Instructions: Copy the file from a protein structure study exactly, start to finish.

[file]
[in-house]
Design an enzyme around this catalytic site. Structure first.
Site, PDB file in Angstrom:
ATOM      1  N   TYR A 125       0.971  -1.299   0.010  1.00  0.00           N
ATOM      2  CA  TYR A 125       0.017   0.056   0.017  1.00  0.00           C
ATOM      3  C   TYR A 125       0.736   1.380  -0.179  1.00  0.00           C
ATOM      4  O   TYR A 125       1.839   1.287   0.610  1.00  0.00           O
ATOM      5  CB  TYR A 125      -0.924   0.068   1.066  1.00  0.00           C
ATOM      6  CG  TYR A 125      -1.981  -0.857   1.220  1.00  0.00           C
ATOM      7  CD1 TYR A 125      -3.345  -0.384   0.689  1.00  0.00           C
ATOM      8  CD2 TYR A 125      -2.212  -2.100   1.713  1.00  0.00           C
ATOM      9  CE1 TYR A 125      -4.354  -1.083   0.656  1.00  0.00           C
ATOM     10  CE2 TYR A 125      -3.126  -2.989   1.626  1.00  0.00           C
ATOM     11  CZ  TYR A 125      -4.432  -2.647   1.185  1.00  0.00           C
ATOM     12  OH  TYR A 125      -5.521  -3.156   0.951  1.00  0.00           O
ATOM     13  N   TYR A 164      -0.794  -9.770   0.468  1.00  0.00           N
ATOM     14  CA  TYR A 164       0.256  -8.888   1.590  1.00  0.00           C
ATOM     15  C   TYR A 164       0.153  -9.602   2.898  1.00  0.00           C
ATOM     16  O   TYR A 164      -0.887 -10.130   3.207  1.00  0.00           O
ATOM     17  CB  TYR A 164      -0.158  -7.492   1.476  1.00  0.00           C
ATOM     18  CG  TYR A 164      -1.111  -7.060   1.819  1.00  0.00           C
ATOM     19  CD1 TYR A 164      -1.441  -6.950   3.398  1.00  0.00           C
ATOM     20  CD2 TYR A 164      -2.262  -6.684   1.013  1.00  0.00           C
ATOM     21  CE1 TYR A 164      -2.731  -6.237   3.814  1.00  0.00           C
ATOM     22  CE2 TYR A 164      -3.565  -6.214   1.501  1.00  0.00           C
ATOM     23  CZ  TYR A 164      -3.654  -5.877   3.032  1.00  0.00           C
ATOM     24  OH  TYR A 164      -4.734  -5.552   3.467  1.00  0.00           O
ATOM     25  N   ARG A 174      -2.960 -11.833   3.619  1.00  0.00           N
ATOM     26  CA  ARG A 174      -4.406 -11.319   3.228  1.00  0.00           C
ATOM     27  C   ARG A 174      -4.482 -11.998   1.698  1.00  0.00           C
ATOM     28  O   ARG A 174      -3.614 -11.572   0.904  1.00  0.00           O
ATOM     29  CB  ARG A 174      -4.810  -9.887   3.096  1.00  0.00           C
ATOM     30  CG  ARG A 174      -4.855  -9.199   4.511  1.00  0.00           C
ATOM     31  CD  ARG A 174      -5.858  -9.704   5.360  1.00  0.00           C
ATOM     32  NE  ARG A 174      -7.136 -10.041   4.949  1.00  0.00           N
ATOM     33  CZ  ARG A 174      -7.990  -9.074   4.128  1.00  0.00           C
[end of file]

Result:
[in-house]
Design an enzyme around this catalytic site. Structure first.
Site, PDB file in Angstrom:
ATOM      1  N   TYR A 125       0.971  -1.299   0.010  1.00  0.00           N
ATOM      2  CA  TYR A 125       0.017   0.056   0.017  1.00  0.00           C
ATOM      3  C   TYR A 125       0.736   1.380  -0.179  1.00  0.00           C
ATOM      4  O   TYR A 125       1.839   1.287   0.610  1.00  0.00           O
ATOM      5  CB  TYR A 125      -0.924   0.068   1.066  1.00  0.00           C
ATOM      6  CG  TYR A 125      -1.981  -0.857   1.220  1.00  0.00           C
ATOM      7  CD1 TYR A 125      -3.345  -0.384   0.689  1.00  0.00           C
ATOM      8  CD2 TYR A 125      -2.212  -2.100   1.713  1.00  0.00           C
ATOM      9  CE1 TYR A 125      -4.354  -1.083   0.656  1.00  0.00           C
ATOM     10  CE2 TYR A 125      -3.126  -2.989   1.626  1.00  0.00           C
ATOM     11  CZ  TYR A 125      -4.432  -2.647   1.185  1.00  0.00           C
ATOM     12  OH  TYR A 125      -5.521  -3.156   0.951  1.00  0.00           O
ATOM     13  N   TYR A 164      -0.794  -9.770   0.468  1.00  0.00           N
ATOM     14  CA  TYR A 164       0.256  -8.888   1.590  1.00  0.00           C
ATOM     15  C   TYR A 164       0.153  -9.602   2.898  1.00  0.00           C
ATOM     16  O   TYR A 164      -0.887 -10.130   3.207  1.00  0.00           O
ATOM     17  CB  TYR A 164      -0.158  -7.492   1.476  1.00  0.00           C
ATOM     18  CG  TYR A 164      -1.111  -7.060   1.819  1.00  0.00           C
ATOM     19  CD1 TYR A 164      -1.441  -6.950   3.398  1.00  0.00           C
ATOM     20  CD2 TYR A 164      -2.262  -6.684   1.013  1.00  0.00           C
ATOM     21  CE1 TYR A 164      -2.731  -6.237   3.814  1.00  0.00           C
ATOM     22  CE2 TYR A 164      -3.565  -6.214   1.501  1.00  0.00           C
ATOM     23  CZ  TYR A 164      -3.654  -5.877   3.032  1.00  0.00           C
ATOM     24  OH  TYR A 164      -4.734  -5.552   3.467  1.00  0.00           O
ATOM     25  N   ARG A 174      -2.960 -11.833   3.619  1.00  0.00           N
ATOM     26  CA  ARG A 174      -4.406 -11.319   3.228  1.00  0.00           C
ATOM     27  C   ARG A 174      -4.482 -11.998   1.698  1.00  0.00           C
ATOM     28  O   ARG A 174      -3.614 -11.572   0.904  1.00  0.00           O
ATOM     29  CB  ARG A 174      -4.810  -9.887   3.096  1.00  0.00           C
ATOM     30  CG  ARG A 174      -4.855  -9.199   4.511  1.00  0.00           C
ATOM     31  CD  ARG A 174      -5.858  -9.704   5.360  1.00  0.00           C
ATOM     32  NE  ARG A 174      -7.136 -10.041   4.949  1.00  0.00           N
ATOM     33  CZ  ARG A 174      -7.990  -9.074   4.128  1.00  0.00           C